Ben Cauley – the only Bar-Kays band member on board to survive the ill-fated 1967 plane crash that also killed Otis Redding, openly shared his emotions as she shared the stage with James Alexander (left) and Larry Dodson of the Bar-Kays and WDIA’s Bev Johnson during the Rhythm & Blues Music Hall of Fame induction ceremony in Clarksdale, Miss. on June 6, 2015. (Photo: George Tillman Jr.)

Ben Cauley was at home on stage. He’d raise his trumpet, close his eyes and with intensity signaled by the tightening of his brows send air flowing through his horn routinely causing goose bumps to dance on the arms of listeners.

An original member of the Memphis-rooted and world renowned Bar-Kays, Mr. Cauley died Monday night at Methodist South Hospital. He was 67.

Mr. Cauley was on stage on June 6 in Clarksdale, Miss. when the Bar-Kays were inducted into the Rhythm & Blues Music Hall of Fame. He moved the audience that day, but it wasn’t with his trumpet or through his vocal talent.

Filled with emotion, Mr. Cauley talked about all that he had been through, shedding tears as he referenced the Dec. 10, 1967 plane crash near Madison, Wisc., that took the life of soul man Otis Redding and the lives of all of his fellow members of the Bar-Kays, except James Alexander, who was on a different flight.

Mr. Cauley alone survived the crash. Two decades later, he dramatically overcame a health scare – an aneurysm and massive stroke.

“Heavy hearts at the Stax Museum today, mourning the loss last night of our wonderful friend,” read a post on the Stax Museum Facebook page.

“Most fans know that about Ben but what we’d like you all to know is that Ben was one of the sweetest people in the world and a true gentleman and mentor,” the post continued. “Our thoughts today are with his family, friends, and millions of fans. We love you, Ben.”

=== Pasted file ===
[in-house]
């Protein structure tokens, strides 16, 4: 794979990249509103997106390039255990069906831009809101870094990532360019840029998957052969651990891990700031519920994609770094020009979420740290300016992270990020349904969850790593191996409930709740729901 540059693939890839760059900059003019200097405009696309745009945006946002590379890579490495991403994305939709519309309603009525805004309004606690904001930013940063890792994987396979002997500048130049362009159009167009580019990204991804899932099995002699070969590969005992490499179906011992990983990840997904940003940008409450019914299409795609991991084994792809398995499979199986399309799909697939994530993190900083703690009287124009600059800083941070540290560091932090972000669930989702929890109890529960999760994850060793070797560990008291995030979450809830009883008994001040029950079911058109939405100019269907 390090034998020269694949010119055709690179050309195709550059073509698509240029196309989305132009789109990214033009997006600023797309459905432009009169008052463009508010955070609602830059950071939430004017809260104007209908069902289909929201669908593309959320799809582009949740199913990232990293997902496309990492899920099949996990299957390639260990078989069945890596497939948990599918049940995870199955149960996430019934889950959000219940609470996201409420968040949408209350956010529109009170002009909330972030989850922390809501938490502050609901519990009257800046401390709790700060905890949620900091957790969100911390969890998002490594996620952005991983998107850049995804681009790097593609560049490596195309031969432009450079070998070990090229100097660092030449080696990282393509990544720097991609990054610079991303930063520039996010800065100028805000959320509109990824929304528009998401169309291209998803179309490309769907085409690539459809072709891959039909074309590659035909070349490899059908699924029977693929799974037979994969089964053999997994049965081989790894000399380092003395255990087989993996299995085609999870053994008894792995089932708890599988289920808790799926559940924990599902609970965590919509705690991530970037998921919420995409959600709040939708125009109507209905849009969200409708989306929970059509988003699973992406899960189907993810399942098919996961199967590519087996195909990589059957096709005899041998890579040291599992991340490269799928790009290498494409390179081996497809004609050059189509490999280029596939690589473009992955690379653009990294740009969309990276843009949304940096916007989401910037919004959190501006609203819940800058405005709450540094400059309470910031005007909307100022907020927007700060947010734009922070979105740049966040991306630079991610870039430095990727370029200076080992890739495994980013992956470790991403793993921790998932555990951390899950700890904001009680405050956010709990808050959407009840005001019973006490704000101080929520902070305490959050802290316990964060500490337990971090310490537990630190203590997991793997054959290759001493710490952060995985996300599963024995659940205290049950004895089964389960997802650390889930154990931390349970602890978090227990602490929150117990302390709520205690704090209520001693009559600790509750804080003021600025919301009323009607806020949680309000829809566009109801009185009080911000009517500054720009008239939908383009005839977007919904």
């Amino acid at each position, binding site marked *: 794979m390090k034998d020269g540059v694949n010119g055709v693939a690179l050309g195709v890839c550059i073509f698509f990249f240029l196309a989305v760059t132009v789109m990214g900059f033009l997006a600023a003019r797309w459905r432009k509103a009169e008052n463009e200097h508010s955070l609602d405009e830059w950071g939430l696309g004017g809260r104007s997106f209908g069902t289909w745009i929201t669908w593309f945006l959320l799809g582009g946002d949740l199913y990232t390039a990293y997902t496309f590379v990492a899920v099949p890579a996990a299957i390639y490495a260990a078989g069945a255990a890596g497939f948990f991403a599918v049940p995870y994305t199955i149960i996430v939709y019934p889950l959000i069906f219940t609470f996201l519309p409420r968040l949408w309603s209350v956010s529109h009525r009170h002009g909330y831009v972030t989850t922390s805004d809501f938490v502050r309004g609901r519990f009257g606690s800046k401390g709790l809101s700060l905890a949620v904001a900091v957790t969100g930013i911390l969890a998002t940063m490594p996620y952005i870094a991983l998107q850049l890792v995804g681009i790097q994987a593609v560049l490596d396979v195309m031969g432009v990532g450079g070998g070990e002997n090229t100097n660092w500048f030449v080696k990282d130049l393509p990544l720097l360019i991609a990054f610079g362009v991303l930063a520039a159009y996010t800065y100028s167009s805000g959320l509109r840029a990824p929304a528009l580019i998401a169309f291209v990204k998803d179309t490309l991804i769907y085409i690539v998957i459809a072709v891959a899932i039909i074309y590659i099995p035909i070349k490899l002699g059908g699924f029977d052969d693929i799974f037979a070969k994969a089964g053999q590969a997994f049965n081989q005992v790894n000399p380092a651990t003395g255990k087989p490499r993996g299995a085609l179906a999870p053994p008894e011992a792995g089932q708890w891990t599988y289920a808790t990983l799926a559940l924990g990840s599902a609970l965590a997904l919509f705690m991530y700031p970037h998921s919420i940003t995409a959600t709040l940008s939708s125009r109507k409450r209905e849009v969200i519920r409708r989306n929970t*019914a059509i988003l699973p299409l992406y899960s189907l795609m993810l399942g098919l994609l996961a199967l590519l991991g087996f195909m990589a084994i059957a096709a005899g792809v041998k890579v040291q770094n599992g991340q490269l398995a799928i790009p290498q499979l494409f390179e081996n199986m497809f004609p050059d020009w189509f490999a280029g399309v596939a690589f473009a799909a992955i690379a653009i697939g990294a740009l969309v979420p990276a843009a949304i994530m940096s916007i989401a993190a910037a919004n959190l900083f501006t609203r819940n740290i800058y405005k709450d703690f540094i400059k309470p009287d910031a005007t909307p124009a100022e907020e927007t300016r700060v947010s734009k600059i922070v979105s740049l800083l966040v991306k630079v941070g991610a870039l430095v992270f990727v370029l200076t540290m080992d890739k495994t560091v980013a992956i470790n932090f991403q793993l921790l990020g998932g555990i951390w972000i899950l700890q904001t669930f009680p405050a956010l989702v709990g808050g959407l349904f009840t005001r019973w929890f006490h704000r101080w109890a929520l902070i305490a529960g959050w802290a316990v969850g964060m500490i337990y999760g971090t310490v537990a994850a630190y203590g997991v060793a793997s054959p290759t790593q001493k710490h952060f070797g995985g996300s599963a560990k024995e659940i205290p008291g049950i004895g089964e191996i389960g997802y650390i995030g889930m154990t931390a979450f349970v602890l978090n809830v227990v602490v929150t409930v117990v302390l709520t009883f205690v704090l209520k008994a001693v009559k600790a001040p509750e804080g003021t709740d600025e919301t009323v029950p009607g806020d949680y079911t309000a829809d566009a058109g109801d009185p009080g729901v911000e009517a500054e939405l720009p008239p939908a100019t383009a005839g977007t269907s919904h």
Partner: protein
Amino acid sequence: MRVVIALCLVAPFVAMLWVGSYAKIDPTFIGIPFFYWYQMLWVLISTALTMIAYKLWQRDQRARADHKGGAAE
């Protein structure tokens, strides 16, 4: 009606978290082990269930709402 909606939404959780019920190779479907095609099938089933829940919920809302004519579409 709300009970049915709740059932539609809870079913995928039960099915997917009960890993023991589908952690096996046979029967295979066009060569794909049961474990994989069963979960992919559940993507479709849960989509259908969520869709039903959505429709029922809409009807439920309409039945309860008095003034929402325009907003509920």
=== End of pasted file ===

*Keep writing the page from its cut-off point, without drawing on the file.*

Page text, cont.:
LaMont Robinson, chairman of the Rhythm & Blues Music Hall of Fame, did as many others did on Tuesday – reflected on their paths crossing – directly and indirectly – with Mr. Cauley’s. He noted that the last performance of Redding and Bar-Kays before the crash was in his hometown of Cleveland, Ohio.

“My parents were at that show,” said Robinson. “I got a chance to express to him that the whole induction ceremony was about him. Because any time that you escape death like he did, God had his hands on him. My condolences go out to his family. I am glad that he got a chance to see himself inducted into the Rhythm & Blues Hall of Fame. He was too much! My condolences go out to his family. I am glad that he got a chance to see himself inducted into the Rhythm & Blues Hall of Fame. He was too much!

Larry Dodson, now the lead singer of the Baon, now the lead singer of the Bawas a teenager when he joined the a teenager when he joined the

“Ben was without a doubt one of the greatest trumpet pl doubt one of the greatest trumpet pls I’ve ever heard,” Dodson told The New Tri-State Defender on Tuesday afternoon. “And probably one of the things that most people don’t really know about him is Ben was a really, really good singer…”

And, said Dodson, Mr. Cauley was a teacher.

“And not just vocally. I mean he was a showman. He had style, he was always a sharp dresser. He was aa star in every sense of the word.”

The homegoing plans for Mr. Cauley, a South Memphis product, have not yet been announced. He leaves five daughters, Shuronda Cauley-Oliver, Chekita Cauley-Campbell, Miriam Cauley-Crisp, Monica Cauley-Johnson and Kimberly Garrett; and two sons, Phalon Richmond and Ben Wells.